Astros History

Houston Astros: Five worst moments in franchise history

HOUSTON, TEXAS - OCTOBER 30: Will Harris #36 of the Houston Astros reacts after allowing a two-run home run to Howie Kendrick (not pictured) of the Washington Nationals during the seventh inning in Game Seven of the 2019 World Series at Minute Maid Park on October 30, 2019 in Houston, Texas. (Photo by Elsa/Getty Images)
HOUSTON, TEXAS - OCTOBER 30: Will Harris #36 of the Houston Astros reacts after allowing a two-run home run to Howie Kendrick (not pictured) of the Washington Nationals during the seventh inning in Game Seven of the 2019 World Series at Minute Maid Park on October 30, 2019 in Houston, Texas. (Photo by Elsa/Getty Images) /
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HOUSTON, TX – OCTOBER 28: Major League Baseball Commissioner Robert D. Manfred Jr. speaks to the media during a press conference prior to game four of the 2017 World Series between the Houston Astros and the Los Angeles Dodgers at Minute Maid Park on October 28, 2017 in Houston, Texas. (Photo by Bob Levey/Getty Images)
HOUSTON, TX – OCTOBER 28: Major League Baseball Commissioner Robert D. Manfred Jr. speaks to the media during a press conference prior to game four of the 2017 World Series between the Houston Astros and the Los Angeles Dodgers at Minute Maid Park on October 28, 2017 in Houston, Texas. (Photo by Bob Levey/Getty Images) /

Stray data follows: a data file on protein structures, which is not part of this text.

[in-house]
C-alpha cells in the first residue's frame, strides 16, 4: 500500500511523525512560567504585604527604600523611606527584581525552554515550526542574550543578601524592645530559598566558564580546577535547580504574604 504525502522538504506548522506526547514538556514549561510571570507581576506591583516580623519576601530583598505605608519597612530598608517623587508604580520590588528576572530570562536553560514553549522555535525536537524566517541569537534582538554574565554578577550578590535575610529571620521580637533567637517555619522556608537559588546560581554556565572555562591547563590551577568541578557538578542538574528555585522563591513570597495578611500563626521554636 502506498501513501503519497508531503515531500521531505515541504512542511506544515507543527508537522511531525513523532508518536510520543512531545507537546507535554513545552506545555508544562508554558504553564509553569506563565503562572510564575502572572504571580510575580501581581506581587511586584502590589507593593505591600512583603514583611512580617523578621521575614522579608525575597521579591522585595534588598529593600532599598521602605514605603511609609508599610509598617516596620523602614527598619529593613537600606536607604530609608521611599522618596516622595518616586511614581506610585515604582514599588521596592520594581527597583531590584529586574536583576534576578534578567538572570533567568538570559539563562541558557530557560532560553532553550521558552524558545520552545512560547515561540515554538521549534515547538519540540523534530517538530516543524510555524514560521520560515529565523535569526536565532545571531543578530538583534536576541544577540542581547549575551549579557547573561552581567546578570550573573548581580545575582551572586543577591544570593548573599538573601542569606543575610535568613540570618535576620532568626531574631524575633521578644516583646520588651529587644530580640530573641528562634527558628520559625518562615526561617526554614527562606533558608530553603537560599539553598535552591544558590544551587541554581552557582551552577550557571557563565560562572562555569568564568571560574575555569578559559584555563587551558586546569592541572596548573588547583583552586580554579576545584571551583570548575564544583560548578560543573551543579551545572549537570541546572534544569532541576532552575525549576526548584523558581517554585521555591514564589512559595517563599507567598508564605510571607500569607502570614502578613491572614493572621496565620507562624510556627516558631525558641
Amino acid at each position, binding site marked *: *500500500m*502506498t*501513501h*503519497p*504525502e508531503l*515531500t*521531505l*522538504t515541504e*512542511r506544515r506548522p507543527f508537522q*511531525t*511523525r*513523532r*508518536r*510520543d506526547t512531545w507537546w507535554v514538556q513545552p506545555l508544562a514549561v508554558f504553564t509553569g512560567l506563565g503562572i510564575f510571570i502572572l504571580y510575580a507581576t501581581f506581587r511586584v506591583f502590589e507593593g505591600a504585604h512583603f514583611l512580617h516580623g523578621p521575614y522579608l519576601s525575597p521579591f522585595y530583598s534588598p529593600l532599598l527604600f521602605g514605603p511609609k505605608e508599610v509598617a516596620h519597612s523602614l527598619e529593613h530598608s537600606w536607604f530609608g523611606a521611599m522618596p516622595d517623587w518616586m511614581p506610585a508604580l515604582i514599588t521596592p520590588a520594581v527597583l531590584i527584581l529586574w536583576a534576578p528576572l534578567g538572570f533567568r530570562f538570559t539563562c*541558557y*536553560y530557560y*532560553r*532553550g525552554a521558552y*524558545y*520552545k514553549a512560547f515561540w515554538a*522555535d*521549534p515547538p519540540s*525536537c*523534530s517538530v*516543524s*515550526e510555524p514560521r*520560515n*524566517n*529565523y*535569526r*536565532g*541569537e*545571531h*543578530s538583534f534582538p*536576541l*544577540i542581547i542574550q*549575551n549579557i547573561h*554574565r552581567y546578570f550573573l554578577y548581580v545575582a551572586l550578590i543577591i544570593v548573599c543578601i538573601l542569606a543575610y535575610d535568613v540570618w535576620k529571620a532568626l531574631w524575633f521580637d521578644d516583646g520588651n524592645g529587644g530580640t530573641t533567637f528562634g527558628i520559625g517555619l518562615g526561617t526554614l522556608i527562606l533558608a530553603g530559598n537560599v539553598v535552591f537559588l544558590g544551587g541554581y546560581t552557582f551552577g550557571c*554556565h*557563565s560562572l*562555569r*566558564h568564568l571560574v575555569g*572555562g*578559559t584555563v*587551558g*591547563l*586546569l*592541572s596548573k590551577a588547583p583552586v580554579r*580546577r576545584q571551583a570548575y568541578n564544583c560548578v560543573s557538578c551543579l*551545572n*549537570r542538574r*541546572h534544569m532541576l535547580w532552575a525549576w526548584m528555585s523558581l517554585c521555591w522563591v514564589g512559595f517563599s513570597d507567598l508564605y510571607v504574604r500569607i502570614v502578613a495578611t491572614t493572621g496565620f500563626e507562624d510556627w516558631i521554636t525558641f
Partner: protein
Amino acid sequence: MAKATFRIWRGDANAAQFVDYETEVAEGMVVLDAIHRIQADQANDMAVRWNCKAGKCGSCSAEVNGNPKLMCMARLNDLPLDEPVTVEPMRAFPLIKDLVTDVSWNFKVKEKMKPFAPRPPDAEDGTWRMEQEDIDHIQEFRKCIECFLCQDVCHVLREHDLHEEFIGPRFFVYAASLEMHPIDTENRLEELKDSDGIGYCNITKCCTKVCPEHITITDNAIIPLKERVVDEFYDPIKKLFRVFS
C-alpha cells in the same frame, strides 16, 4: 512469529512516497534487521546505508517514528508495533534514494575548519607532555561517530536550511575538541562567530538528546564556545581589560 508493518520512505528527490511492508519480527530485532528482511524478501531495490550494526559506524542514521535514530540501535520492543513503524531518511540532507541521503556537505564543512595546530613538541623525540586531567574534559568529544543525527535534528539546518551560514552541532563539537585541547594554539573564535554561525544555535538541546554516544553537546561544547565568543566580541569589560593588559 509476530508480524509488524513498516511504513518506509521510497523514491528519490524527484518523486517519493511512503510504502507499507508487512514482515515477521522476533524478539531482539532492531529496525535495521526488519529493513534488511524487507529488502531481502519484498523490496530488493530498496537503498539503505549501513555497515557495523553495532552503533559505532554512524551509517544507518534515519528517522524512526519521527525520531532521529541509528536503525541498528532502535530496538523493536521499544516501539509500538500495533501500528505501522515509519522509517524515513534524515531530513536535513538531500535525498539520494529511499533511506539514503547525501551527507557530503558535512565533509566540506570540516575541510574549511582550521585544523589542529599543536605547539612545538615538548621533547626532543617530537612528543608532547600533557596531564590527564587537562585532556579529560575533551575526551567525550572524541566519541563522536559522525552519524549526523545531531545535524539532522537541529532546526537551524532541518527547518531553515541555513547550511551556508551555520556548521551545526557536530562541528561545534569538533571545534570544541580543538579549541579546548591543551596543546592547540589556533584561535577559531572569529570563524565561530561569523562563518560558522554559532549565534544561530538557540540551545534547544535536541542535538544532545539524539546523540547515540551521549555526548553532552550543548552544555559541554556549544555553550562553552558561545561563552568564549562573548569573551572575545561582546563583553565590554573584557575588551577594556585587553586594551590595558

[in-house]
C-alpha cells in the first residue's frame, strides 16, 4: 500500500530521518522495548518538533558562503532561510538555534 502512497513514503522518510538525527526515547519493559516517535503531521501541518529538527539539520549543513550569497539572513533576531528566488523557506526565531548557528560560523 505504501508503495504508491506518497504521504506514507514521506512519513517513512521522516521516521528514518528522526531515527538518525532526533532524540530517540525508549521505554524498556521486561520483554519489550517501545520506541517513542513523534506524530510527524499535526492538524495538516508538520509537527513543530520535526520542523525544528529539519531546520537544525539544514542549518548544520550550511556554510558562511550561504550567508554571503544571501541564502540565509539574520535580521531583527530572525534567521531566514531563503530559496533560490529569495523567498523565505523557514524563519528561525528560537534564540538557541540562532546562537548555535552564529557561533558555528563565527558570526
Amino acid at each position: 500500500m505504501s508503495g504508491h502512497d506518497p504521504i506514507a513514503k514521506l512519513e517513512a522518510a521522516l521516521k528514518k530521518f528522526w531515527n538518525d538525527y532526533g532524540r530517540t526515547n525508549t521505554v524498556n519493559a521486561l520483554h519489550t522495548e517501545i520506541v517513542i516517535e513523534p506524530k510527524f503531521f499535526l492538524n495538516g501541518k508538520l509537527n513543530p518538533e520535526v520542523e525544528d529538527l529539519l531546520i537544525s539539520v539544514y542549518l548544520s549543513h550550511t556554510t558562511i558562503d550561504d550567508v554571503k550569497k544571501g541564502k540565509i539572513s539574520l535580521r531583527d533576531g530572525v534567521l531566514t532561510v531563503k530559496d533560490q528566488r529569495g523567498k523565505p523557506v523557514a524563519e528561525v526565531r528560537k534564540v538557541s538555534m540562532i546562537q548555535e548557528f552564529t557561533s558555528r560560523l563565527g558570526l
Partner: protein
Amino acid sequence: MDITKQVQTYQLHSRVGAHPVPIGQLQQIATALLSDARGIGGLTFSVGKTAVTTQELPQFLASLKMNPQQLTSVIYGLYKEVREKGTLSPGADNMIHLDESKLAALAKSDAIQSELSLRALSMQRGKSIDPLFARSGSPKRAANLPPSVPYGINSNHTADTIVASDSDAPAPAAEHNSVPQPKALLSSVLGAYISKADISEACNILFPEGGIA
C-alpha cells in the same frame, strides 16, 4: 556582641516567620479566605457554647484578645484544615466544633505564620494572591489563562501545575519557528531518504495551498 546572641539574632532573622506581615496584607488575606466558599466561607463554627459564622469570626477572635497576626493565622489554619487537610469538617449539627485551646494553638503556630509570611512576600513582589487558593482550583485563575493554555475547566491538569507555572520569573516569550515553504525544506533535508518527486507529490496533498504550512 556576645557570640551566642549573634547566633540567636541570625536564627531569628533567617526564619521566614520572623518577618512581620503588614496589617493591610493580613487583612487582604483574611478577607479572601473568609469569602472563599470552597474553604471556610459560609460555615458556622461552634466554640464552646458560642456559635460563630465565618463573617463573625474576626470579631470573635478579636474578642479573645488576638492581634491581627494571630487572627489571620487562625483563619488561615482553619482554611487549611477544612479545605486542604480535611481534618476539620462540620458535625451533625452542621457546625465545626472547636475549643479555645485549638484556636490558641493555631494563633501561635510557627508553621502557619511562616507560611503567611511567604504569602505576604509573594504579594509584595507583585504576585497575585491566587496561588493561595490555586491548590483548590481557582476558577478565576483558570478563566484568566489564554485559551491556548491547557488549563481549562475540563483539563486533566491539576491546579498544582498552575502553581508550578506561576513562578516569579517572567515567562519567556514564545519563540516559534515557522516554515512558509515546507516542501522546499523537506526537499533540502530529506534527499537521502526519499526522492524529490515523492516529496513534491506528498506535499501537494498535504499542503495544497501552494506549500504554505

4. MLB’s Sign Stealing Report

Regardless of one’s feelings on this issue — and there are many — there’s no denying this has left a permanent black mark on the organization. I’m not so worried about the haters, because they’ll always be there no matter what happens and are probably enjoying the fact that this all happened.

It’s an awful moment for plenty of other reasons. For one, the Astros lost their manager and GM, both of whom were instrumental in the team’s success since 2015. Jeff Luhnow in particular had shown himself to be one of the most shrewd GMs in the game, routinely outmaneuvering his counterparts.

It cast a permanent shadow on the team’s 2017 World Series title, which will forever be tainted in the eyes of many players and fans. The Astros were talented enough to win without resorting to cheating, which makes it all the more difficult to swallow.

There’s also the penalties they were slapped with, most notably the loss of draft picks. Having a continuous pipeline of young talent is key to maintaining a consistent winner at the major league level, and the disruption of that could really harm this team in the future.

Then there are the image and legacy concerns, not just for the organization, but also for the individual players. Guys like Jose Altuve and Alex Bregman could end up having Hall of Fame caliber numbers when their careers are done, but the baseball writers who do the voting are notoriously sanctimonious. Just look at how many of them refused to vote for Bagwell simply because he was a power hitter in the steroid era.

So this scandal will have effects that last for years, and we won’t really know how far it reaches until all the players have since retired. That could take a couple of decades, and until then, it’s tough to measure just how detrimental this has been to the Astros organization. But there’s no doubt it will hang over us all for quite some time.

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